Students Say Profit-Seeking College Bled Them Dry

SANTA FE, N.M. (CN) — Students claim in court that profit-seeking Laureate Education deliberately allowed the Santa Fe University of Art and Design to fail, stranding them in the middle of the academic year.

Laureate Education operates more than 70 profit-seeking colleges in 25 countries, according to the complaint. It was bought for $3.8 billion in 2007 and became a private company. It reported more than $4 billion in 2015 and went public in 2016, with an initial public offering that raised $490 million, according to the April 27 complaint in Santa Fe County Court.

“Laureate is under investigation in several countries,” the complaint states. “These include regulatory investigations in Chile on charges of deceptive trade practices and false claims; IRS and SEC investigations in the United States over an alleged pay-to-play scheme in the united States and possible bribes in Turkey in violation of the U.S. Foreign Corrupt Practices Act; and assessments in Spain for millions of dollars in taxes.”

Lead plaintiff Lucian Orsinger cites Laureate-owned Walden University as “Laureate’s ideal” college, growing from 2,082 students in the fall of 2001 to 46,456 in the fall of 2010. “Walden also burdens its students with the second-highest debt load of any United States college,” according to the complaint.

Laureate Education bought the College of Santa Fe in 2009, but Orsinger says it drove down the purchase price by entering into negotiations a year earlier and then backing out of the deal, forcing the school to close so Laureate could buy it from the City of Santa Fe at a much lower price.

When the school didn’t generate enough profit, Orsinger and two co-plaintiff students say, Laureate stripped the university of what it needed to succeed, removing the president and replacing him with a Laureate executive who announced another designed-to-fail negotiation to sell the university to Raffles Education Corp., a Singapore-based profit-seeking company.

After the sale to Raffles fell through in April this year, the school announced it would close after the 2017-2018 academic year, stranding its students and faculty. In the April 27 lawsuit in Santa Fe County Court, the students say most colleges close enrollment in January and the hiring window for college faculty has passed.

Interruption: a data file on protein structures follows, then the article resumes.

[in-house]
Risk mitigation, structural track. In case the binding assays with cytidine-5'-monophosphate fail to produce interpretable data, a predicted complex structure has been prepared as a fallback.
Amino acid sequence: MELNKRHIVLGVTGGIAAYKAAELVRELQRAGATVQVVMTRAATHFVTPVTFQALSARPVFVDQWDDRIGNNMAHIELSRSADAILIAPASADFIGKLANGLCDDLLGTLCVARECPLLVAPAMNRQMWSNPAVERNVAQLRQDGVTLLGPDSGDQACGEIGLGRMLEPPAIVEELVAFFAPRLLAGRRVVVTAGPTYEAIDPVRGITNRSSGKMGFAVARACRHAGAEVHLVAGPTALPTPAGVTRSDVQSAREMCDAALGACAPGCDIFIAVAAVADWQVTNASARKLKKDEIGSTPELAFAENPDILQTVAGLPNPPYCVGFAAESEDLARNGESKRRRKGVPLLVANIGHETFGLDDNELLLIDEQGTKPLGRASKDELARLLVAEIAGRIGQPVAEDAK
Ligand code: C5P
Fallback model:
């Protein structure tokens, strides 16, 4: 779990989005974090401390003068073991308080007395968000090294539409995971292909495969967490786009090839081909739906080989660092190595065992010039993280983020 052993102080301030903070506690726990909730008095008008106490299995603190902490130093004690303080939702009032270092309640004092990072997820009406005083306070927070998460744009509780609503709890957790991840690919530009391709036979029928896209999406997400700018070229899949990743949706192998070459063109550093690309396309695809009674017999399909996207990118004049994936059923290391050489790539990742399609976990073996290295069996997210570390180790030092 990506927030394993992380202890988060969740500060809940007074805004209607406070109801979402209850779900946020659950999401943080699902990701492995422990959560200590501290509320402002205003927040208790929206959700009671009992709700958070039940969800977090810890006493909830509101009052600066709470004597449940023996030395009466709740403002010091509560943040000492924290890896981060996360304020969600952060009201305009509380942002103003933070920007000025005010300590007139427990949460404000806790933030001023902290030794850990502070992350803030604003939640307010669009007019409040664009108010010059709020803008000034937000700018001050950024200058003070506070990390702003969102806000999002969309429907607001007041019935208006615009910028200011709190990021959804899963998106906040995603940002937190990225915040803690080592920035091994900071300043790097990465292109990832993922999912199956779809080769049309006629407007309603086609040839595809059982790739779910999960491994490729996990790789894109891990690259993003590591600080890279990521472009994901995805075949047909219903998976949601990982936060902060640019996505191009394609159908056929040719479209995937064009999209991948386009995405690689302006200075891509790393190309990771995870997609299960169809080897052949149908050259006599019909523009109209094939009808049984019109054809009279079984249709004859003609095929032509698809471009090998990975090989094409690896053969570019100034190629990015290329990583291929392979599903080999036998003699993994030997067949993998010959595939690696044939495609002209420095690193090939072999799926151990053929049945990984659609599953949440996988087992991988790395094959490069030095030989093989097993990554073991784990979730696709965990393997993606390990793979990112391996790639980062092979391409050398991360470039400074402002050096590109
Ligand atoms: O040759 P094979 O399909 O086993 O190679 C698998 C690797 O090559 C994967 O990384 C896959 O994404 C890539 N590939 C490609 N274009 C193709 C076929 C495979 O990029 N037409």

They claim that Laureate knew well before this academic year began that it would close the school, and took the opportunity to maximize profits before the closure: for example, collecting a $1,000 program fee from each student before the fall 2016 semester.

“Laureate stated [the fee] would be used to purchase equipment and materials for the benefit of students: the Contemporary Music department could spend the money on instruments; Digital Arts on computers; Photography on cameras. Department chairs were asked for input regarding where the program fees should be applied. But the promised books, instruments, tools, and equipment never materialized. Department chairs were instructed not to spend the money. The program fees were never used for the students’ benefit, and were not returned to students,” according to the complaint.

In its April 12 announcement to students, the school promised “a thoughtful, phased teach-out and transfer process leading up to the graduation of students who are eligible to complete their degrees by May 2018.” The announcement offered, among other things, a transfer grant of $2,500 to students who transfer out of the school by the spring of 2018.

But the students call the grant “little more than an illusory buyout. The transfer grant will not be paid directly to students but may be applied only to balances owed to SFUAD or tuition at certain other schools, subject to a number of conditions.”

As for the promise of an enhanced summer semester, the students say: “Laureate has forbidden department chairs to add classes to the summer semester to enable students to complete their degree programs.”

Seniors who stay for the 2017-2018 year face a bleak prospect, the students say. “With only a fraction of a senior class in the teach-out the collaborative benefits of collegial education would be eviscerated. Students who have no option other than to return will suffer because of the greatly diminished faculty, skeleton staff, limited classes, no interaction with juniors, sophomores, and freshmen, limited facilities, and a fractured social life. For this shadow of an educational experience, Laureate intends to charge students full tuition.”

The students seek compensatory and punitive damages for breach of contract, unfair trade, bad faith, negligent misrepresentation, fraud and unjust enrichment.

The students are represented by Benjamin Allison with Bardacke Allison, and Stephen Tinkler, both of Santa Fe.

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